Life after LJ with Liam Carver

Liam Carver | Website

Life after LJ with Liam Carver
Image supplied by Liam

 

It’s always interesting to see where interns and junior designers end up after their first few experiences working inside a ‘real’ design studio/agency. In this series we’ll be catching up with designers and interns who have worked on various issues of Ligature Journal.

Let’s see what they’ve been up to!

Tell us about your background:

Who are you? Liam Carver, well, that’s my name anyway.

Where did you grow up? I was born and grew up in Wollongong, spent my teenager-hood in the Blue Mountains and did the whole young adult thing between there and Sydney.

How and why did you choose design as a career?
I’ve always been visually creative. When I was little, it was drawing and designing fairground rides. When I was a teenager, it was anime and manga, and plenty of angsty high-schooler art, somehow intertwined with video games. Then I decided I loved the way graphic design communicated things with purpose, so I decided to pursue it.

Was there a defining moment in your life that shaped you and your path as a designer? Tell us about it.
I think it had to be later on in study when self-branding became a necessity. I decided I didn’t have to follow trends, helpful as they might be. I remember Felix Oppen telling a class of 20-somethings one day, “we’re designers, we don’t follow trends, we set them”.

Do you think where and how you grew up affects the work that you do? Why?
Definitely. My upbringing made me who I am; a uniquely nerdy hippie thing, and that extends to how I approach everything.

 

Life after LJ with Liam Carver
Image supplied by Liam

 

Tell us about your design education:

Where did you study? Why did you choose to study there, and what was it like?

I picked Billy Blue College of Design, honestly, because the lady at the careers expo in high school marketed it really well for one. Then when I did some more research, they offered more study pathways, because, like every high-school leaver, I didn’t know what I wanted to be yet.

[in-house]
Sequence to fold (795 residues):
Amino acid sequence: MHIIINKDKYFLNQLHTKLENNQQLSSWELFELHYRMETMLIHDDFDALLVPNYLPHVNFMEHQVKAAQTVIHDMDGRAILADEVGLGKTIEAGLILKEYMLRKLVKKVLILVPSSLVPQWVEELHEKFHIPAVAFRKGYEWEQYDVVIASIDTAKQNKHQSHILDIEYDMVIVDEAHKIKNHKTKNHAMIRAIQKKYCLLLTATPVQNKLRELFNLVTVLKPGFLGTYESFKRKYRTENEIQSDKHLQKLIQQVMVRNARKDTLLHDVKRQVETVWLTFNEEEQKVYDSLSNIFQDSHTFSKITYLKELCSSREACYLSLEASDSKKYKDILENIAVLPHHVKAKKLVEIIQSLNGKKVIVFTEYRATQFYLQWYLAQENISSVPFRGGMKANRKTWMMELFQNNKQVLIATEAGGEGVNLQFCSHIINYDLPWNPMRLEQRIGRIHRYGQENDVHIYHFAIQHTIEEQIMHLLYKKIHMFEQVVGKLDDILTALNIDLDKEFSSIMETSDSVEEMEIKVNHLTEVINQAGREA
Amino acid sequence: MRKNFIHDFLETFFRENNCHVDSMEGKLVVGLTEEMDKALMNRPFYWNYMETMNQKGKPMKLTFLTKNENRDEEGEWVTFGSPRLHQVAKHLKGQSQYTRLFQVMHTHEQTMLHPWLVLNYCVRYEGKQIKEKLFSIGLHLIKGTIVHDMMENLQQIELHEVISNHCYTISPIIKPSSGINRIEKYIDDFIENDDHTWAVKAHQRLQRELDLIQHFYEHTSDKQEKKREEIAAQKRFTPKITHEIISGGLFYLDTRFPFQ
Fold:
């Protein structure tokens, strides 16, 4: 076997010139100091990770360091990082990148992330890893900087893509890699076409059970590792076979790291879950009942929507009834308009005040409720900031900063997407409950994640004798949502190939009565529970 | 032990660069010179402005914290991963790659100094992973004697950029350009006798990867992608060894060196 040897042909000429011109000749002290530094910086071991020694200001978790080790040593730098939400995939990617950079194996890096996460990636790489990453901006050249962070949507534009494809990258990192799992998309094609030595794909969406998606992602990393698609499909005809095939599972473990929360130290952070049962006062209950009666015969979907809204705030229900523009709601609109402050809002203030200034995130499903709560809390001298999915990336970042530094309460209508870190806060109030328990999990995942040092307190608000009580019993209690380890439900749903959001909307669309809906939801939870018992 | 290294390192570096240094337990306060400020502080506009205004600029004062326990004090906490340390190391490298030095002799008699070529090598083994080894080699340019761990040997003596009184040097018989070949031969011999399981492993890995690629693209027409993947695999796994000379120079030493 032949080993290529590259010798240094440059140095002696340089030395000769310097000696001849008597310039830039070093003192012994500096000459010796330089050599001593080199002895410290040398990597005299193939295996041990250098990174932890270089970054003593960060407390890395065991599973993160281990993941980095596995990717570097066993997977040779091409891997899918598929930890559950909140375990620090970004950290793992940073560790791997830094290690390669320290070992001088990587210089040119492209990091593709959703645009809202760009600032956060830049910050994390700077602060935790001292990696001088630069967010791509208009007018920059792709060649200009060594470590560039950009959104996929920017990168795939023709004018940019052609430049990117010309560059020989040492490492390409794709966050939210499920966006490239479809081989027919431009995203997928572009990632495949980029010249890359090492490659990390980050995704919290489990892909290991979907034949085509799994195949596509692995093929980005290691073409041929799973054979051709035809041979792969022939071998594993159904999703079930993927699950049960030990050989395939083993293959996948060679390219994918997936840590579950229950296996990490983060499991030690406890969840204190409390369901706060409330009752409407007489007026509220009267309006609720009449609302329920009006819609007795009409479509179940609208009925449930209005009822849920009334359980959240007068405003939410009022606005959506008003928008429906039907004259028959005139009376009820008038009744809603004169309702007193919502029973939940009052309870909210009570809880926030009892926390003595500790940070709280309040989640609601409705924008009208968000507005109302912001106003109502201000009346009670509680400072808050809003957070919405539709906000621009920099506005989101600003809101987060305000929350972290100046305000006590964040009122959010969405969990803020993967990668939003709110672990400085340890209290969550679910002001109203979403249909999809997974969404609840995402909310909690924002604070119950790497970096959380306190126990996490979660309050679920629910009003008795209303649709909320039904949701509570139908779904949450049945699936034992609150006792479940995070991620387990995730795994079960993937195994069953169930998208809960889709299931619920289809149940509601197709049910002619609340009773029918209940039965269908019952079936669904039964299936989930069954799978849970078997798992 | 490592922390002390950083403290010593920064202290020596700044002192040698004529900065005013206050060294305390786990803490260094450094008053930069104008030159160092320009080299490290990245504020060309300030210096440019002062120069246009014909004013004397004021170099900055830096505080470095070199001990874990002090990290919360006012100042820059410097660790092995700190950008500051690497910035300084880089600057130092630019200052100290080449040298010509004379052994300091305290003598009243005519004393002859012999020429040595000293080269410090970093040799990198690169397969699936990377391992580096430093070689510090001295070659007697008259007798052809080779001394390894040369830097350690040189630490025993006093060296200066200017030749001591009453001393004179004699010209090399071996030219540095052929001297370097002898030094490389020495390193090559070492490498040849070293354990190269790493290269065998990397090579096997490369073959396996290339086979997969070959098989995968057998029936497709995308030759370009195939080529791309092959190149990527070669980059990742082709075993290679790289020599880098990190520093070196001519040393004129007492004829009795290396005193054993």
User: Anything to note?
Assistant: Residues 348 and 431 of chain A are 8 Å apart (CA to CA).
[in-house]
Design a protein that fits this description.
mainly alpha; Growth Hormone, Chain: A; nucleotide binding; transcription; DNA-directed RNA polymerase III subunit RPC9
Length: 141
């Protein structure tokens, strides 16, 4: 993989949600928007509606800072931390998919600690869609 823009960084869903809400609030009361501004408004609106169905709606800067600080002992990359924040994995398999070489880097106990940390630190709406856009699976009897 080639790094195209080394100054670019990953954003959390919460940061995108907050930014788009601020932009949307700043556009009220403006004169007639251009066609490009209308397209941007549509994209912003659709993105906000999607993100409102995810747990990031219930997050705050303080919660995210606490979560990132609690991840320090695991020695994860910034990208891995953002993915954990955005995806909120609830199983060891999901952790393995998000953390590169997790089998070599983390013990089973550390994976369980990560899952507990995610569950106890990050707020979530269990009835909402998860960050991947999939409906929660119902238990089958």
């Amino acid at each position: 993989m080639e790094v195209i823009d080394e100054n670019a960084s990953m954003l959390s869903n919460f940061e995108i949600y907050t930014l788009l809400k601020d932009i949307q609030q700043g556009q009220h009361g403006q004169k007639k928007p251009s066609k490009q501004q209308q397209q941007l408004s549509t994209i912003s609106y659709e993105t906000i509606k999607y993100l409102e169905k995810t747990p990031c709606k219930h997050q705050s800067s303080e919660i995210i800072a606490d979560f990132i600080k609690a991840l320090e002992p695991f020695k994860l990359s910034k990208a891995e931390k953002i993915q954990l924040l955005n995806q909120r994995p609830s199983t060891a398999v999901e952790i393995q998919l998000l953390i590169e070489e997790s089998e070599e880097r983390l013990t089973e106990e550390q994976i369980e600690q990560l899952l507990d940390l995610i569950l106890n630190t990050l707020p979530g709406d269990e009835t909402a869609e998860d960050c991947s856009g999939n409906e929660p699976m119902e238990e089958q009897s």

While I seemed to have landed right in the middle of a complete overhaul of Billy Blue, resulting in pretty much every subject being re-written and not many people knowing what was going on, I had a great time. I got great return for the effort I put in which I think is the most important way to go about things like education. I learned great skills and made some good connections.

When did you graduate? December 2016

Were there other things that you did that influenced your growth as a designer during this time? (side hustles/personal projects/travel etc?)
I spent a lot of time trying to develop myself in general and that lead me to a stay in a monastery in Taiwan, which I think helped me grow in general. From this, I picked up loads of freelance and contract graphic design work with an international Buddhist organisation.

 

Life after LJ with Liam Carver
Image supplied by Liam

 

Tell us about your emergence into the ‘real’ design world:

How did you find life after university/college? Did graduating ‘ready’ you for the real world?
I ended up finishing the course by distance due to health and personal reasons, so I wasn’t as included in the whole graduation process as I could’ve been, and naturally missed out on some connections and opportunities.

Where have you worked since you graduated? (doesn’t have to be just design studios)
I’ve been doing contract and freelance work for Nan Tien Temple and Nan Tien Institute in Wollongong and their subsidiaries. Aside from that, I’ve just been floating along through part-time work.

Tell us about where you work now: what is it like and what do you do?
I still do work for Nan Tien Institute, and occasionally for the temple. My role here is just “graphic designer” but I handle all of the visual work from concept to production and curation. We do a yearly campaign project or two with lots of little general advertising things in between.

Do you do any other design (related) work outside your day job?
The most I really give myself time to do is to create cover art for music that I produce and share. Sometimes I’ll make up an ongoing visual project to force me back into creativity.

 

Tell us about your dreams and aspirations:

What do you want your future as a designer to be?
I’m not so concerned with a fixed future as a designer. I love it, and I’d love to be designing for organisations that I believe are doing amazing things for the world, but I’m happy where I am.

If you could live the life of another creative person, who would it be and why?
I wouldn’t, but for the sake of the question, I’d be someone who just designs for that high of creating something, rather than for a “purpose”, because there is such honesty and expression in that.

Finally, if you could share one piece of advice with a current design student, what would it be? Be, and express, yourself.

 

Liam worked with us on issues Three and Five. You can get a copy of this issue from the Tiliqua Press store.

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